Ef you'll 'low me a show.
All crap-shooters I will shun.
When you buy chicken,
All I want is the bone;
When you buy beer,
I'll be satisfy with the foam.
I'll work both night and day,
I'll be careful of what I say,
Oh, Baby, let me bring my clothes back home!

"Oh, Baby, 'low me a chance!
You can even wear my pants.
Don't you give me the sack.
I'll be quiet as a mouse,
All round the house.
If you'll take me back,
Tell the world I ain't shook,
I'll even be the cook.
I won't refuse to go out in the snow,"
"Don't you tell, my little ink-stand,
Life's dreaming is over.
So there's the door,
And don't you come back no more!"

    Mrs. Bartlett contributes another that describes the woes of unrequited love, which she says was sung by a colored maid she had some years ago.

Ships in de oceans,
Rocks in de sea,
Blond-headed woman
Made a fool out of me!
Oh, tell me how long
I'll have to wait!
Oh, tell me, honey,
Don't hesitate!

I ain't no doctor,
Nor no doctor's son,
But I can cool your fever
Till the doctor comes.
Oh, tell me how long
I'll have to wait!
Oh, tell me, honey,
Don't hesitate!

I got a woman,
She's long and tall,
Sits in her kitchen
With her feet in the hall!
Oh, tell me how long
I'll have to wait!
Oh, tell me honey,
Don't hesitate!

    A brief song from Texas uses rather vigorous metaphors in addressing some one.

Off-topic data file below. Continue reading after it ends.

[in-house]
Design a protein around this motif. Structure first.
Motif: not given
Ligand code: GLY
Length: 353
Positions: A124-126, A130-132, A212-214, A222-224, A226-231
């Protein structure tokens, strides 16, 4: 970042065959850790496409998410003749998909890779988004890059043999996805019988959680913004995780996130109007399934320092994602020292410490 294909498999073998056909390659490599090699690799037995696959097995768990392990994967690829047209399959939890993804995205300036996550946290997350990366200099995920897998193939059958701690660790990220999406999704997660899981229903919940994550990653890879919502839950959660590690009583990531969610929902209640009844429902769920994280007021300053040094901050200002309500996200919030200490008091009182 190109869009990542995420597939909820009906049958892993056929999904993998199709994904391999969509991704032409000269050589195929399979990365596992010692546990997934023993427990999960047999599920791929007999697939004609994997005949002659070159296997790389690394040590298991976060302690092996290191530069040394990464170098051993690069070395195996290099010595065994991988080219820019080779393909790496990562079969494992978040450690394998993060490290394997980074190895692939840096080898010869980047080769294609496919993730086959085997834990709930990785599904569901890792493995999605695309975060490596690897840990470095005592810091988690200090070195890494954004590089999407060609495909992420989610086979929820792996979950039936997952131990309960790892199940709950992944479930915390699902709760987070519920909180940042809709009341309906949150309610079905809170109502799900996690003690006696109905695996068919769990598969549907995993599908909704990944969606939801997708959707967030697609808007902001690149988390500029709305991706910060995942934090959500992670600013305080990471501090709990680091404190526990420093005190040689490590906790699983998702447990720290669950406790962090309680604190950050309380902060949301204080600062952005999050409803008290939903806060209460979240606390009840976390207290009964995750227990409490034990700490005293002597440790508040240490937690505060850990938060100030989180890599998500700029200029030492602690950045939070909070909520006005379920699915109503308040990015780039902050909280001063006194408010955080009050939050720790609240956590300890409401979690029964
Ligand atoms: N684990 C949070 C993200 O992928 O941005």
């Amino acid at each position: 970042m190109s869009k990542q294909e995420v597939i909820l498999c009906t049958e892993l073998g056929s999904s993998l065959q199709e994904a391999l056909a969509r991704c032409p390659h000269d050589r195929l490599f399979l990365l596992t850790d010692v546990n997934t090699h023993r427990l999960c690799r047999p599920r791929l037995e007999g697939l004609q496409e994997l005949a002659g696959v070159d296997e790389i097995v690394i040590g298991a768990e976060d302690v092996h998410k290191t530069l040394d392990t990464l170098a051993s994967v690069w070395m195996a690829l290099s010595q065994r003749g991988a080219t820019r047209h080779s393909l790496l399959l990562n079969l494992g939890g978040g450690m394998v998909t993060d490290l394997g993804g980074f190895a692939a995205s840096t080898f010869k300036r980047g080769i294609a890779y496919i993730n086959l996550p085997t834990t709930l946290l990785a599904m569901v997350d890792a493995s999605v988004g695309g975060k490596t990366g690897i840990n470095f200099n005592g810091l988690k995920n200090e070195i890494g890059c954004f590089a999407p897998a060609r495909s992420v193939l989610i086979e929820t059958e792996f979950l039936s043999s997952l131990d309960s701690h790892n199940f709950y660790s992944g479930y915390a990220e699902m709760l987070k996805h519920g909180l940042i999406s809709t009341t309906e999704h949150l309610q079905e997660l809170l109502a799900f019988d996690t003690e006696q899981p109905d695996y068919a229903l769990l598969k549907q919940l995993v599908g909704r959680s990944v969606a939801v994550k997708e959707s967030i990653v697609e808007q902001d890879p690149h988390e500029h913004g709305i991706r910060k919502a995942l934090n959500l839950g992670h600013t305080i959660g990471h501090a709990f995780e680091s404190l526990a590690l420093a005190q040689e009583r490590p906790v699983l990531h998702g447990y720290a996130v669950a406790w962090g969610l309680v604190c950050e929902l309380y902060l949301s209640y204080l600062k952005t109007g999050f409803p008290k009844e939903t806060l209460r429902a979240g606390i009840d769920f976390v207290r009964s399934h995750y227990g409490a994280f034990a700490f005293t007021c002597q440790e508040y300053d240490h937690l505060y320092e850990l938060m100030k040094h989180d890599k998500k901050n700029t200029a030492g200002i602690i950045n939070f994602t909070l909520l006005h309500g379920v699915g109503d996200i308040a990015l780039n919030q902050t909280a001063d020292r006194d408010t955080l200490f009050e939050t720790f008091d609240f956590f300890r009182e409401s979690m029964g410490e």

You keep a-talkin' till you make me think
Your daddy was a bull-dog, your mammy was a mink.

    Oh, ho, Baby, take a one on me!

You keep a-talkin' till you make me mad,
I'll talk about yore mammy mighty scandalous bad.

    Oh, ho, Baby, take a one on me!

Whiffin' cake is mighty bad,
But that's a habit I never had.

    Oh, ho, Baby, take a one on me!

    A negro lover does not sonnet his sweetheart's eyebrows, but he addresses other rhymes to her charms, as in the blues reported by Professor W. H. Thomas, of College Station.

A brown-skinned woman and she's chocolate to the bone.
A brown-skinned woman and she smells like toilet soap.
A black-skinned woman and she smells like a billy-goat.
A brown-skinned woman makes a freight train slip and slide.
A brown-skinned woman makes an engine stop and blow.
A brown-skinned woman makes a bull-dog break his chain.
A brown-skinned woman makes a preacher lay his Bible down.
I married a woman; she was even tailor-made.

    The colored man in a song sent by Mrs. Buie, of Marlin, obviously has reason for his lowness of spirits. Po' Lil'l Ella is a favorite in East Texas saw-mill districts.

I'll tell you something that bothers my mind,
Po' li'I Ella laid down and died.
I tell you something that bothers my mind,
Po' li'l Ella laid down and died.

I wouldn't 'a' minded little Ella dyin',
But she left three chillun.